Why the Bible Makes Such a Good App

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After I posted on Bible apps for Apple devices, Chris Faraone, a Boston Phoenix staff writer, got in touch with me about a feature he wrote about e-Bibles back in February.

Faraone makes two terrific points about why Bibles work particularly well as apps. First, they have a 16-century-old reference system -- the old chapter and verse -- that makes switching between translations a snap. Second, many translations of the Bible are no longer protected by copyright, so all kinds of developers can work with free source material. Add it up, Faraone argues, and you've got the perfect vehicle for new media experimentation.

If you want to see what a 21st century reading experience should look like -- one that enables you to bookmark, notate, listen to, and share passages instantly on Facebook and Twitter -- the marketplace you're looking for is e-Bibles.

Read the full story at Boston Phoenix.

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Alexis C. Madrigal

Alexis Madrigal is the deputy editor of TheAtlantic.com. He's the author of Powering the Dream: The History and Promise of Green Technology. More

The New York Observer has called Madrigal "for all intents and purposes, the perfect modern reporter." He co-founded Longshot magazine, a high-speed media experiment that garnered attention from The New York Times, The Wall Street Journal, and the BBC. While at Wired.com, he built Wired Science into one of the most popular blogs in the world. The site was nominated for best magazine blog by the MPA and best science website in the 2009 Webby Awards. He also co-founded Haiti ReWired, a groundbreaking community dedicated to the discussion of technology, infrastructure, and the future of Haiti.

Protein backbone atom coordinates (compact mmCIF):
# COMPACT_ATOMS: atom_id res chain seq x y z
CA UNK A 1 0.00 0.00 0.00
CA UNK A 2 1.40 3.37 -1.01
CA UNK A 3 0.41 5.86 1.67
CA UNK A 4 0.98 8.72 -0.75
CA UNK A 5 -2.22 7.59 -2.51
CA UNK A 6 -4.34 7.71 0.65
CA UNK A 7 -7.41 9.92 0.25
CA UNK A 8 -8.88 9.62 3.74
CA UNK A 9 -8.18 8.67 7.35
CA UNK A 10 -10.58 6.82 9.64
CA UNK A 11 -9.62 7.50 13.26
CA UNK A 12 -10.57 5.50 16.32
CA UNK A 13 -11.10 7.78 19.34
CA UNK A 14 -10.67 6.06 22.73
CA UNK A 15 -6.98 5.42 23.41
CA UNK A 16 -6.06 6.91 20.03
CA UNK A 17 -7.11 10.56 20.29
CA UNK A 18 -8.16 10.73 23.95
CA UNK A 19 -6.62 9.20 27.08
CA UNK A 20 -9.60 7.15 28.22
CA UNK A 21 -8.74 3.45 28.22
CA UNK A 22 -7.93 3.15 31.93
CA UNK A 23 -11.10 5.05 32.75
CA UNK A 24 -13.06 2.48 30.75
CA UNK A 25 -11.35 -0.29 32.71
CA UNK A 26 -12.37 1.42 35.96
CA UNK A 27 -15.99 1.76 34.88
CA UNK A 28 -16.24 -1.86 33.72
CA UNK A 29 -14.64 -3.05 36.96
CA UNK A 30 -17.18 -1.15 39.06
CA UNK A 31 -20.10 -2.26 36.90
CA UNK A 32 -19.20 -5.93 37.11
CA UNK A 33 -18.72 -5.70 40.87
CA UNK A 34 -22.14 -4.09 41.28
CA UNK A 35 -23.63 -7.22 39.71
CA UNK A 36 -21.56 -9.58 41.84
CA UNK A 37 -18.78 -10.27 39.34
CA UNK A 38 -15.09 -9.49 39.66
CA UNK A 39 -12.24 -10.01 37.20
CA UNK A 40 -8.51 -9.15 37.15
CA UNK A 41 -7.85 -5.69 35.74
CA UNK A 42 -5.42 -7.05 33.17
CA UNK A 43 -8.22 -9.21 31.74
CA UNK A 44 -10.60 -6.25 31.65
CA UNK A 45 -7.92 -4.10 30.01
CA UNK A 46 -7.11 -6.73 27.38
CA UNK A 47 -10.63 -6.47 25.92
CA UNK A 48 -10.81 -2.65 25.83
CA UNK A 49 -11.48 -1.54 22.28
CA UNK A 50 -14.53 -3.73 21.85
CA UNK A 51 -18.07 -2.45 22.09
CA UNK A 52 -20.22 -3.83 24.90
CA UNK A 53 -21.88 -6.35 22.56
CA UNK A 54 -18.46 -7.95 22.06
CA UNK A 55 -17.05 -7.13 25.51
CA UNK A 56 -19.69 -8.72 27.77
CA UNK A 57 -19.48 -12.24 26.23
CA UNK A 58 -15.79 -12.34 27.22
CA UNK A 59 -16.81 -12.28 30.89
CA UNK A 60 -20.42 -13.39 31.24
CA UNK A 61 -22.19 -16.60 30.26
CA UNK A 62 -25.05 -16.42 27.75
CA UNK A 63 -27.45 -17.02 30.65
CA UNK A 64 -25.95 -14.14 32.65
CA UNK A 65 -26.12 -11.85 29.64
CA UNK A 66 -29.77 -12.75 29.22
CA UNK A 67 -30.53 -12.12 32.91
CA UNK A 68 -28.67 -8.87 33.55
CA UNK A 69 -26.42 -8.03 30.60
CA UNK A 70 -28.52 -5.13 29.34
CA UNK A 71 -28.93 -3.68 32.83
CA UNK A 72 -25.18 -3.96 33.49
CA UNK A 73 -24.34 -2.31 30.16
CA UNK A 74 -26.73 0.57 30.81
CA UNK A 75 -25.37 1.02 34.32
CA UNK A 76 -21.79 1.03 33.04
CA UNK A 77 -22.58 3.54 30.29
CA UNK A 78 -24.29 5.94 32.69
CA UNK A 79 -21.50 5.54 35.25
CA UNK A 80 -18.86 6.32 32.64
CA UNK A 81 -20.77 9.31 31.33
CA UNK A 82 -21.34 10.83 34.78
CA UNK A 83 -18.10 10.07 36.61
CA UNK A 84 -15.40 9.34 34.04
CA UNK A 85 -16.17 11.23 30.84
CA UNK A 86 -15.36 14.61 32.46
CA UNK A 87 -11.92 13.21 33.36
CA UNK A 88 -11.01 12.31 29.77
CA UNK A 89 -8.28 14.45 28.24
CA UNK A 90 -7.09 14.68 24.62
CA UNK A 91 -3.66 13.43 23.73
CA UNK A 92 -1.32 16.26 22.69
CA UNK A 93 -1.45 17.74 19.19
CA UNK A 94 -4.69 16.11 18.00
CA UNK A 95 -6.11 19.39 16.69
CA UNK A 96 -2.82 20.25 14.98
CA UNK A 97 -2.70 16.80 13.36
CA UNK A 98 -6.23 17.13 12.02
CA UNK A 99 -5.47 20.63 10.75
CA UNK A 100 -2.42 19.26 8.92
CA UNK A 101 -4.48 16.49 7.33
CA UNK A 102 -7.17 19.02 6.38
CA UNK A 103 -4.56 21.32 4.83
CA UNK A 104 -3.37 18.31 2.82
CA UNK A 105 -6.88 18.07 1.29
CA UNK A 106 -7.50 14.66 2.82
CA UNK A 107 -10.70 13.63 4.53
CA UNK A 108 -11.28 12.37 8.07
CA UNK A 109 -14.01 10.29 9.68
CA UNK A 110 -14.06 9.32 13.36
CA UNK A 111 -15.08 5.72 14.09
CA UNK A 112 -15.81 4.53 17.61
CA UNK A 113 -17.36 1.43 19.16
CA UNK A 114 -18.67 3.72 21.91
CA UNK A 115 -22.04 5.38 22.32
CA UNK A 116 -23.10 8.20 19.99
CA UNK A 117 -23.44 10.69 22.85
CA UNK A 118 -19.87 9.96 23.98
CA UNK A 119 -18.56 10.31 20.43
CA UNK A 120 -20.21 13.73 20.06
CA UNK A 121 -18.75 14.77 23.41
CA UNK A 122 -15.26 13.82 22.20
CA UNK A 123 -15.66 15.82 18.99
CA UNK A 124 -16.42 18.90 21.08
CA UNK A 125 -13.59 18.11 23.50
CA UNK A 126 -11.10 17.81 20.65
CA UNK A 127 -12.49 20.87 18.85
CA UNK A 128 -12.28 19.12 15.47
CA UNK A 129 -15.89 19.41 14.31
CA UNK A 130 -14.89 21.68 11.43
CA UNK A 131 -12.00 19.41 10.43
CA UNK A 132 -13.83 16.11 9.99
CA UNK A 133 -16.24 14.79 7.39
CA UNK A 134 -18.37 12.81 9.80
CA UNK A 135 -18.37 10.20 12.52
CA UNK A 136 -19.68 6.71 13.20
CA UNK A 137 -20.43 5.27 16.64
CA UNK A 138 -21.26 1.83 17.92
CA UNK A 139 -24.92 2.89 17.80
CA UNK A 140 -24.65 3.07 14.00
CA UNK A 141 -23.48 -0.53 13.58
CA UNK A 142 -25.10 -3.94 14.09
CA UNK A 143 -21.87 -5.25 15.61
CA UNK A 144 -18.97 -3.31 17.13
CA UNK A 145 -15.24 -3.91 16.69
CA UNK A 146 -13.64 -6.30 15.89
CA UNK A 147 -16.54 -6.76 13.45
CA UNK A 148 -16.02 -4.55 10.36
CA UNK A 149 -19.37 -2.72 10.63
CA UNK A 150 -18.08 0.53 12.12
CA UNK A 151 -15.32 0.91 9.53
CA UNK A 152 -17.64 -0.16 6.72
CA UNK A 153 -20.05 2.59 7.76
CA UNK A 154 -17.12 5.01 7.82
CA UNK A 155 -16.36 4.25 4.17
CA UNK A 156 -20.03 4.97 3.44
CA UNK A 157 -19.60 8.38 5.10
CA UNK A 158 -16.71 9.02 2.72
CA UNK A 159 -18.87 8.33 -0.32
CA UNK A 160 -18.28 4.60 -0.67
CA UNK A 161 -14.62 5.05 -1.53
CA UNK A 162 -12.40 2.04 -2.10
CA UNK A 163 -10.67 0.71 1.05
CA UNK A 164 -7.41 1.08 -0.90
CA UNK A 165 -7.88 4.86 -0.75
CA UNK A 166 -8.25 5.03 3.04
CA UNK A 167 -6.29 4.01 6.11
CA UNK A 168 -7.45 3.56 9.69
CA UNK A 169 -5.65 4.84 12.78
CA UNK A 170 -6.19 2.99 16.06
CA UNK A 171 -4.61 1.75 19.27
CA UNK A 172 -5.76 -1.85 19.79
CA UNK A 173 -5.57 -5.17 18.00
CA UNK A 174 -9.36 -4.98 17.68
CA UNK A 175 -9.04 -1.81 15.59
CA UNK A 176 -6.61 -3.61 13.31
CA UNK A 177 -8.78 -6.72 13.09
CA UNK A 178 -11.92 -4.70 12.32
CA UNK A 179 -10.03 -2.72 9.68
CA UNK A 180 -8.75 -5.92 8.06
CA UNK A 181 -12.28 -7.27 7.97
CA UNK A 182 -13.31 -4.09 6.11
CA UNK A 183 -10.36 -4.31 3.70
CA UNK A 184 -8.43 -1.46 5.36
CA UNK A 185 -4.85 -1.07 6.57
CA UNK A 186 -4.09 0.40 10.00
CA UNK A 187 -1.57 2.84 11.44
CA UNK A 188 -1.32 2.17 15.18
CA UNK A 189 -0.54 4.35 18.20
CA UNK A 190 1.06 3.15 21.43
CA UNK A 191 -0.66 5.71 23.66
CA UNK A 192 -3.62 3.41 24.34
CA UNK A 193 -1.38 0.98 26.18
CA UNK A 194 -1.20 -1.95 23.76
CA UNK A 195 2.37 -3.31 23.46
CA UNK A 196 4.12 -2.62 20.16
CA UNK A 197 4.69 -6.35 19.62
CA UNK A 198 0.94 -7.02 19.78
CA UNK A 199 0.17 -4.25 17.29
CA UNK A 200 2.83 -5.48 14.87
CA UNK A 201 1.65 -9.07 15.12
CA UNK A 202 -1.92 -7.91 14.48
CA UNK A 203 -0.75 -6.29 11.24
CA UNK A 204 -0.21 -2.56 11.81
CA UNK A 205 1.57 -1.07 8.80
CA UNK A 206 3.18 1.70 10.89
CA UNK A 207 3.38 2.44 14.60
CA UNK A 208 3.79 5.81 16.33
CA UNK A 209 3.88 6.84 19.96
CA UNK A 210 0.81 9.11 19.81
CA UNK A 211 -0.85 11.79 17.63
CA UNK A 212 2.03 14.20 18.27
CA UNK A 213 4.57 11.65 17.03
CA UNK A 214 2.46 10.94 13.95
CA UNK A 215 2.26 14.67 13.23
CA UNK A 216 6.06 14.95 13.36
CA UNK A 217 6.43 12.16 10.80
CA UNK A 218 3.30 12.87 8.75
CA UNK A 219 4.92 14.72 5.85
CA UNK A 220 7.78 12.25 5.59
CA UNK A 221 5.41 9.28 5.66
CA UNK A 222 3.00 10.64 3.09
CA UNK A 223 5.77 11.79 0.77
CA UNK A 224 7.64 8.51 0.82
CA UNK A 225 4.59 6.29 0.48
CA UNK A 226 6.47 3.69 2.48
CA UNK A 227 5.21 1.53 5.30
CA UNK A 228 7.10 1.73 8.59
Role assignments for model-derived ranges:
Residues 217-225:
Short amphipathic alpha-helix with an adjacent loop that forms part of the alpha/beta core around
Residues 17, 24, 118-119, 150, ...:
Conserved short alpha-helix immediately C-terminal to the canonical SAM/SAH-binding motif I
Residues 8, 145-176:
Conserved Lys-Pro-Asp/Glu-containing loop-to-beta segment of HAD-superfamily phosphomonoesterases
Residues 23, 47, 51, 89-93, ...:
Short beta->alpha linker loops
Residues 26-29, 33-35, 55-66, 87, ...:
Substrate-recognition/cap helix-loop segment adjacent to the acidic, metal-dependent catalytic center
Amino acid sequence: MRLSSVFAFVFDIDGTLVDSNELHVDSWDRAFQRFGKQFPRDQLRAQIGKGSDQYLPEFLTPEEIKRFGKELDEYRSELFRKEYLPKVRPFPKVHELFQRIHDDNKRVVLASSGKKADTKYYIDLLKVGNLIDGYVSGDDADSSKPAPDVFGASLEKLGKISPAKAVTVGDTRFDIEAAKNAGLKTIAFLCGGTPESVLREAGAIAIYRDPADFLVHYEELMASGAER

He's spoken at Stanford, CalTech, Berkeley, SXSW, E3, and the National Renewable Energy Laboratory, and his writing was anthologized in Best Technology Writing 2010 (Yale University Press).

Madrigal is a visiting scholar at the University of California at Berkeley's Office for the History of Science and Technology. Born in Mexico City, he grew up in the exurbs north of Portland, Oregon, and now lives in Oakland.

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